A combination strategy based brain-computer interface for two-dimensional movement control

Bin Xia, Oladazimi Maysam, Sandra Veser, Lei Cao, Jie Li, Jie Jia, Hong Xie, Niels Birbaumer

Research output: Contribution to journalArticlepeer-review

Abstract

Objective. Two-dimensional (2D) movement control is an important issue in brain-computer interfaces (BCIs) research because being able to move, for example, a cursor with the brain will enable patients with motor disabilities to control their environment. However, it is still a challenge to continuously control 2D movement with a non-invasive BCI system. In this paper, we developed a 2D cursor control with motor imagery BCI tasks allowing users to move a cursor to any position by using a combination strategy. With this strategy, a user can combine multiple motor imagery tasks, alternatively or simultaneously, to control 2D movements. Approach. After a training session, six participants took part in the first control strategy experiment (the center-out experiment) to verify the effectiveness of the cursor control. Three of the six participants performed an additional experiment, in which they were required to move the cursor to hit five targets in a given sequence. Main results. The average hit rate was more than and the trajectories were close to the shortest path. The average hit rate was more than 95.6% and the trajectories were close to the shortest path in the center-out experiment. In the additional experiment, three participants achieved a 100% hit rate with a short trajectory. Significance. The results demonstrated that users were able to effectively control the 2D movement using the proposed strategy. The present system may be used as a tool to interact with the external world.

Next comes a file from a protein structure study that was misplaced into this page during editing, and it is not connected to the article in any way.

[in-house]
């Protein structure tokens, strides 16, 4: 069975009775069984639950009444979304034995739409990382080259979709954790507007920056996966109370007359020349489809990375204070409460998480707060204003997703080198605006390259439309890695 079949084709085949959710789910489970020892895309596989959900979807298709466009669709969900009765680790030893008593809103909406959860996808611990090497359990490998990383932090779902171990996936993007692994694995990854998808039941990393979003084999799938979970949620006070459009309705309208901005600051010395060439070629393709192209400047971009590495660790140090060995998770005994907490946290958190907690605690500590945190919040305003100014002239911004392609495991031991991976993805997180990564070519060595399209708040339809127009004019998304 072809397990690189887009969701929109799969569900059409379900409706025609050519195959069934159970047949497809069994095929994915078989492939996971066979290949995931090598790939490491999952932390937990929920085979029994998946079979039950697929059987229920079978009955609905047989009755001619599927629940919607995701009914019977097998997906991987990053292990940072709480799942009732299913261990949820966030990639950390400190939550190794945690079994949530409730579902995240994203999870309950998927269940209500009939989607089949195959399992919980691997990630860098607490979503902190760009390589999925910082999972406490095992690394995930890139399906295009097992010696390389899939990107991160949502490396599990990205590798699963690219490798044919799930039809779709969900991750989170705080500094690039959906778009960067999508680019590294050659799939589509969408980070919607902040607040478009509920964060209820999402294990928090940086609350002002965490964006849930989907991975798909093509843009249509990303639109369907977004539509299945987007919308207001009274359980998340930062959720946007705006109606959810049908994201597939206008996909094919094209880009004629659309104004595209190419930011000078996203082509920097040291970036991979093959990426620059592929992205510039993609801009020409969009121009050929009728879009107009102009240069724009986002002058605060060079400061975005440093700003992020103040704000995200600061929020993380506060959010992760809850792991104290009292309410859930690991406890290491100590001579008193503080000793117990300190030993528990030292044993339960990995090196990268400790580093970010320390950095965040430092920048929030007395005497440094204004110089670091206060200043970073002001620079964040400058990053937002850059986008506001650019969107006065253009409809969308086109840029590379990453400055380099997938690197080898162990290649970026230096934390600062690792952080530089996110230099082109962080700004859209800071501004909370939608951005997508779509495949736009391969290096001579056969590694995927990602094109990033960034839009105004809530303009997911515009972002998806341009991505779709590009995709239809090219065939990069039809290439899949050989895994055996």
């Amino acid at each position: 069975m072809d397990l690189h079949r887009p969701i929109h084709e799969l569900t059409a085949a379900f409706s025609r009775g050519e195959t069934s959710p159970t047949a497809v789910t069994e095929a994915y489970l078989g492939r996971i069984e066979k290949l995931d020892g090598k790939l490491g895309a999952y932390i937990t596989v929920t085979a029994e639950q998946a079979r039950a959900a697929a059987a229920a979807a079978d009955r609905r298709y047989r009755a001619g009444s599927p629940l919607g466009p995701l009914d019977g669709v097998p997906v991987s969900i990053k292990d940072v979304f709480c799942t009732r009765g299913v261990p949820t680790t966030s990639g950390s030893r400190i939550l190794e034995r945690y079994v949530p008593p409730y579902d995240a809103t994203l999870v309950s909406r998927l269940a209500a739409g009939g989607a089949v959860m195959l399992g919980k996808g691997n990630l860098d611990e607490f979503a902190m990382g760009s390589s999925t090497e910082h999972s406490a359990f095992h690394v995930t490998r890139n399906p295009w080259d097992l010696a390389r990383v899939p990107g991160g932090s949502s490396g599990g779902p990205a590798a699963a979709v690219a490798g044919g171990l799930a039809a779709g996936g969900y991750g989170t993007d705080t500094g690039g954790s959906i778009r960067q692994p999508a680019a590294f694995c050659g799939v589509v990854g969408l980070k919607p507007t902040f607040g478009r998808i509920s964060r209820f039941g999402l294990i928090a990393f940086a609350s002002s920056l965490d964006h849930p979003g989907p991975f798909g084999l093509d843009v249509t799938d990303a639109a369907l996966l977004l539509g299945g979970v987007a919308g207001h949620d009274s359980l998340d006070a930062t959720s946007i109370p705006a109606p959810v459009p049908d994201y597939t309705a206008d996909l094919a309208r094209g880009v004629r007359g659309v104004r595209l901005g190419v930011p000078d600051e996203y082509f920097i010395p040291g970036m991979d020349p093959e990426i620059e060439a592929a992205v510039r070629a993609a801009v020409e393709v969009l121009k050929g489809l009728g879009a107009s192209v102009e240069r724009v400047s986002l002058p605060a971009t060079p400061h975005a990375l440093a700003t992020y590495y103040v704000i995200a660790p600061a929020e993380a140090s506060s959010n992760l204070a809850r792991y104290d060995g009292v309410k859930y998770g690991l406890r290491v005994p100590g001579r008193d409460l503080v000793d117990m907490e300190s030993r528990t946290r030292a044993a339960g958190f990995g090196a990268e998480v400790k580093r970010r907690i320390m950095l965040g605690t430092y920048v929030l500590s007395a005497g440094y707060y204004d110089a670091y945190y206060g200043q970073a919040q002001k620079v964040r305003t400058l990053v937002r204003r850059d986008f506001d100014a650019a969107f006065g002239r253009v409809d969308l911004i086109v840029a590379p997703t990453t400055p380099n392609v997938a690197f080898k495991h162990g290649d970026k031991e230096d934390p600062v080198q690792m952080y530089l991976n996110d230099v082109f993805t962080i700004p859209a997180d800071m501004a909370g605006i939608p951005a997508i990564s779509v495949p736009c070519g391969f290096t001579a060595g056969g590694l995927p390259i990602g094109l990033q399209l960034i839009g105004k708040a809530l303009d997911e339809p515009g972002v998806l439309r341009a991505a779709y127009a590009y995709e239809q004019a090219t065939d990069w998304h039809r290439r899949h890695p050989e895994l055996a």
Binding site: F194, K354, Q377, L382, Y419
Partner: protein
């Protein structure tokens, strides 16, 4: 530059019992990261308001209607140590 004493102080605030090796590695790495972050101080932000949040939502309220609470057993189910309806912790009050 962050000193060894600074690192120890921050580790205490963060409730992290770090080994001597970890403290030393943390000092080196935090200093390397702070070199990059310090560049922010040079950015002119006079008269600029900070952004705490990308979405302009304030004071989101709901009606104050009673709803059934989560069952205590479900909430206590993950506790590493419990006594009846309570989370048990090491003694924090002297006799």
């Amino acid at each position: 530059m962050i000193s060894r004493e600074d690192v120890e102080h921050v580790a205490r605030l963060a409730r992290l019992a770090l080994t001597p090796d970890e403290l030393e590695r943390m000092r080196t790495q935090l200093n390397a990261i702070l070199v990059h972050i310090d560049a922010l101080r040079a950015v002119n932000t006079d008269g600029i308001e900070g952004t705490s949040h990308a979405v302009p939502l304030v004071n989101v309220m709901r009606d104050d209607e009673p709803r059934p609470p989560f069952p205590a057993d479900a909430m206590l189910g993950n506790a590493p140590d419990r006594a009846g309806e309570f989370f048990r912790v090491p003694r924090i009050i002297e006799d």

Original languageEnglish
Article number046021
JournalJournal of Neural Engineering
Volume12
Issue number4
DOIs
Publication statusPublished - Aug 1 2015

Keywords

  • 2-dimensional movement
  • brain-computer interface
  • motor imagery

ASJC Scopus subject areas

  • Biomedical Engineering
  • Cellular and Molecular Neuroscience

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